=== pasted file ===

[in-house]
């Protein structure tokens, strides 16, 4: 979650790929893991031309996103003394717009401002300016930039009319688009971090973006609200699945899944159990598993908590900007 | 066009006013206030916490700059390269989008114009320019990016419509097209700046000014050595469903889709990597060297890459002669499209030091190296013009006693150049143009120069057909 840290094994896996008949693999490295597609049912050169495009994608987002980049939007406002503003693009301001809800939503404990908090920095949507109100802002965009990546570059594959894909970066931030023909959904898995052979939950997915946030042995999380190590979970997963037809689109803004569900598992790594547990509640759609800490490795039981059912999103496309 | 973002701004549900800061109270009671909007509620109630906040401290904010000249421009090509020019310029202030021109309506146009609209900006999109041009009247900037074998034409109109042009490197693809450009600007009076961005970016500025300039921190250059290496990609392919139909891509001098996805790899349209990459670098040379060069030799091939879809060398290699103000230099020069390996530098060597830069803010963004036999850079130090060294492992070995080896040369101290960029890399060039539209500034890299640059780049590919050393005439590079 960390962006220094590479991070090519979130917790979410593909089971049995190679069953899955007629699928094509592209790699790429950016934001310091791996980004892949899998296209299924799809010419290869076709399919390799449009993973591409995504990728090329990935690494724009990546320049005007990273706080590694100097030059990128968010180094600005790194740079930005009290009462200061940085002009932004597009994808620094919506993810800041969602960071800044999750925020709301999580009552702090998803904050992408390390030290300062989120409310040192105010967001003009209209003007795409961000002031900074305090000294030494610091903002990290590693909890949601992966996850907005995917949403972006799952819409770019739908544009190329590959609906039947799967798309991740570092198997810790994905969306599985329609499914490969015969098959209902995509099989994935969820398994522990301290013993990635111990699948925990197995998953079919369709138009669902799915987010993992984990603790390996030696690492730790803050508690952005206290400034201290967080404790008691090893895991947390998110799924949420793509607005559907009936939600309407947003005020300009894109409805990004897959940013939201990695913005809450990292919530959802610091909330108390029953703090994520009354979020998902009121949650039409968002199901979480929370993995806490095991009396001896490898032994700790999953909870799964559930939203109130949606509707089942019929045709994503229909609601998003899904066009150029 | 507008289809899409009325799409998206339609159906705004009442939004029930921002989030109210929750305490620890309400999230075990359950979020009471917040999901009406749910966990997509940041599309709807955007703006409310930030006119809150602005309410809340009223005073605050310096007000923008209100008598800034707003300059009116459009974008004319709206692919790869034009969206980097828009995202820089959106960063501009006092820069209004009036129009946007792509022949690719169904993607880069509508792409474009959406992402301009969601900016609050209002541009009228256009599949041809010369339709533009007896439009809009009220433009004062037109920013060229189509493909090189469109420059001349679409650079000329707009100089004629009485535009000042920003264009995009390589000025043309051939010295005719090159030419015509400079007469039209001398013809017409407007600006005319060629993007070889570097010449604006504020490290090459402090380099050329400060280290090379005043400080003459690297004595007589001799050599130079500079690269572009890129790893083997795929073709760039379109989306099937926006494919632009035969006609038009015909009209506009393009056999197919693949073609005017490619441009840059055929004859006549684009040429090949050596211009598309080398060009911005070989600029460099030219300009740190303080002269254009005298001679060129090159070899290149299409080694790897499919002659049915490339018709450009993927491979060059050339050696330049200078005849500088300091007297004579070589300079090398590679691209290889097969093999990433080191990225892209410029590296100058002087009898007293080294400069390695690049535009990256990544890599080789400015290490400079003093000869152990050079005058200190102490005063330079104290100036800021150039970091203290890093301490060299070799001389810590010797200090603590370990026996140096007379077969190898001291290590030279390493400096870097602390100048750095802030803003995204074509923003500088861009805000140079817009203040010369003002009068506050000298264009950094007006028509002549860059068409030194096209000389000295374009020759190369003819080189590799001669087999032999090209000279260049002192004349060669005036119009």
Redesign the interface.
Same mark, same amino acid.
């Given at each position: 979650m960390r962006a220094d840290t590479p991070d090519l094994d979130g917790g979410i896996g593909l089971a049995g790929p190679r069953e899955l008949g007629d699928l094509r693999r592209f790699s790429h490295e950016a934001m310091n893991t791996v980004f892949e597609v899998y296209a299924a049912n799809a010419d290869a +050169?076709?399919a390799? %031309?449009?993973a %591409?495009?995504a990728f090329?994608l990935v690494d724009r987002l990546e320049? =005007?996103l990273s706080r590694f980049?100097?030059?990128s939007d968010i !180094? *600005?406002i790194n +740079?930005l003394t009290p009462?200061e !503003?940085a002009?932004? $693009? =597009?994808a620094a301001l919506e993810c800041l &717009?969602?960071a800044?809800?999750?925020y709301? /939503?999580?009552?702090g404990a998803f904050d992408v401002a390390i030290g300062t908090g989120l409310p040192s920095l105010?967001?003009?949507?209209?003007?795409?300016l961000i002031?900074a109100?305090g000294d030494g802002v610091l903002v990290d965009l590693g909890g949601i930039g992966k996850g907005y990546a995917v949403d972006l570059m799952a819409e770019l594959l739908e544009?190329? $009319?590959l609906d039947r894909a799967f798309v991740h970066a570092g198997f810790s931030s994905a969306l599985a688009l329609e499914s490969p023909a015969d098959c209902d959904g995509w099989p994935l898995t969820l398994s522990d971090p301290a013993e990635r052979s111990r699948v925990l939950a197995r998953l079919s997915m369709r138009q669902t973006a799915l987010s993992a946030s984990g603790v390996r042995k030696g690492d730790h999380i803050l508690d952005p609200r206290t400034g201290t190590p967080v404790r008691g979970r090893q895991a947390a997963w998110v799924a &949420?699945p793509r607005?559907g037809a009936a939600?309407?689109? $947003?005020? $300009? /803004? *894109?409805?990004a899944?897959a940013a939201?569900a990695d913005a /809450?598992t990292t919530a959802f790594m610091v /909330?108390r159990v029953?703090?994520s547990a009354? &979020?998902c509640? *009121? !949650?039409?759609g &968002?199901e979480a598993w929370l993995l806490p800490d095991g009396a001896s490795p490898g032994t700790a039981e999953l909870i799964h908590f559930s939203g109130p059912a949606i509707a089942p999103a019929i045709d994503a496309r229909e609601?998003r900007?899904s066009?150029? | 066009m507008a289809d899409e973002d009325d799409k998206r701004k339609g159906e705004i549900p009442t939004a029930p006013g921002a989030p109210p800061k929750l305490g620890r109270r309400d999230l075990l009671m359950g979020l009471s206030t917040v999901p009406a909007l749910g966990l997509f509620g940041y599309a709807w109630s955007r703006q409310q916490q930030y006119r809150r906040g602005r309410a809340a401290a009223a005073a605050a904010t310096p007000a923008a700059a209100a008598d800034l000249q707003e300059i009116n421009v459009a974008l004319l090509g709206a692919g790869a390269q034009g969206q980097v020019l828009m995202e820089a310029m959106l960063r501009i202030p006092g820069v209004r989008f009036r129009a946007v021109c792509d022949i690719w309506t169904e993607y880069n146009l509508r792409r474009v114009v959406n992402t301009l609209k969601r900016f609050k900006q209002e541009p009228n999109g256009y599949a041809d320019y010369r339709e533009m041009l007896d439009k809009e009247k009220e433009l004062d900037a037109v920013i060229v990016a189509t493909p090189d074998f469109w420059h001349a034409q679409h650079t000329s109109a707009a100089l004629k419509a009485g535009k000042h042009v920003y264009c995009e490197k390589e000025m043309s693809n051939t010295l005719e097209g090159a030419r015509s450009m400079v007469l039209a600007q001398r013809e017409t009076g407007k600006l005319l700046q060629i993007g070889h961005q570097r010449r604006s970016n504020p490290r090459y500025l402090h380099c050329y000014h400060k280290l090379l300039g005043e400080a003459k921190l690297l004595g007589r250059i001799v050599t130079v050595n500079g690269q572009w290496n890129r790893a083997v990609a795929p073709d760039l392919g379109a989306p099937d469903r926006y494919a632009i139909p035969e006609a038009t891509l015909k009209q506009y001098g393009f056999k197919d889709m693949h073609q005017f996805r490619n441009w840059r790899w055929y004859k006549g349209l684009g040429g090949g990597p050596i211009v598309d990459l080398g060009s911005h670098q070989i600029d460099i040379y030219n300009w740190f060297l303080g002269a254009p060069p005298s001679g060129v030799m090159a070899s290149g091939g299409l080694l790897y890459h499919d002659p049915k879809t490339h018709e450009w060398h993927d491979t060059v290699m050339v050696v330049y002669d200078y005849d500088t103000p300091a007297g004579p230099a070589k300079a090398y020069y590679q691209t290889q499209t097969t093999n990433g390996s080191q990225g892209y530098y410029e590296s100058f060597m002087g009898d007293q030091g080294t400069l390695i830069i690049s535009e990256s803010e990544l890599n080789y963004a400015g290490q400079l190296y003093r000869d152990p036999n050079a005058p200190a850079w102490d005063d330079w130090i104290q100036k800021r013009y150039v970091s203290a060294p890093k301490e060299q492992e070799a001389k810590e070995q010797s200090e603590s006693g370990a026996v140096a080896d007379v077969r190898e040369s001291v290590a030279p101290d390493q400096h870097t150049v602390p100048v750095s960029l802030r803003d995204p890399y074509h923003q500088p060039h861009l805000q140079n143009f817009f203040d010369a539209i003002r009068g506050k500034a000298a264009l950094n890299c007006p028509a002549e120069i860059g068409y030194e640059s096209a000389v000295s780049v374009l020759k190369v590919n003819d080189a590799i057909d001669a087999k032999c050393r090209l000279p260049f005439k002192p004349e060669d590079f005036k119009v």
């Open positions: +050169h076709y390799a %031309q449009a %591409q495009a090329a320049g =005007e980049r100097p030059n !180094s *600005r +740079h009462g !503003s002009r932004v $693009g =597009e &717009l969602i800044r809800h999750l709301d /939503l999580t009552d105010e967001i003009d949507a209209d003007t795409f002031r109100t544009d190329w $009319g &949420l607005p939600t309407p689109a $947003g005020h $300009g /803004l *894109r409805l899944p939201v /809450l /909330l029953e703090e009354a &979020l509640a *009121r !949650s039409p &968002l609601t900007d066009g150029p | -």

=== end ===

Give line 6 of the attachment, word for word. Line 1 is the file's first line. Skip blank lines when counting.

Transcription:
């Open positions: +050169h076709y390799a %031309q449009a %591409q495009a090329a320049g =005007e980049r100097p030059n !180094s *600005r +740079h009462g !503003s002009r932004v $693009g =597009e &717009l969602i800044r809800h999750l709301d /939503l999580t009552d105010e967001i003009d949507a209209d003007t795409f002031r109100t544009d190329w $009319g &949420l607005p939600t309407p689109a $947003g005020h $300009g /803004l *894109r409805l899944p939201v /809450l /909330l029953e703090e009354a &979020l509640a *009121r !949650s039409p &968002l609601t900007d066009g150029p | -």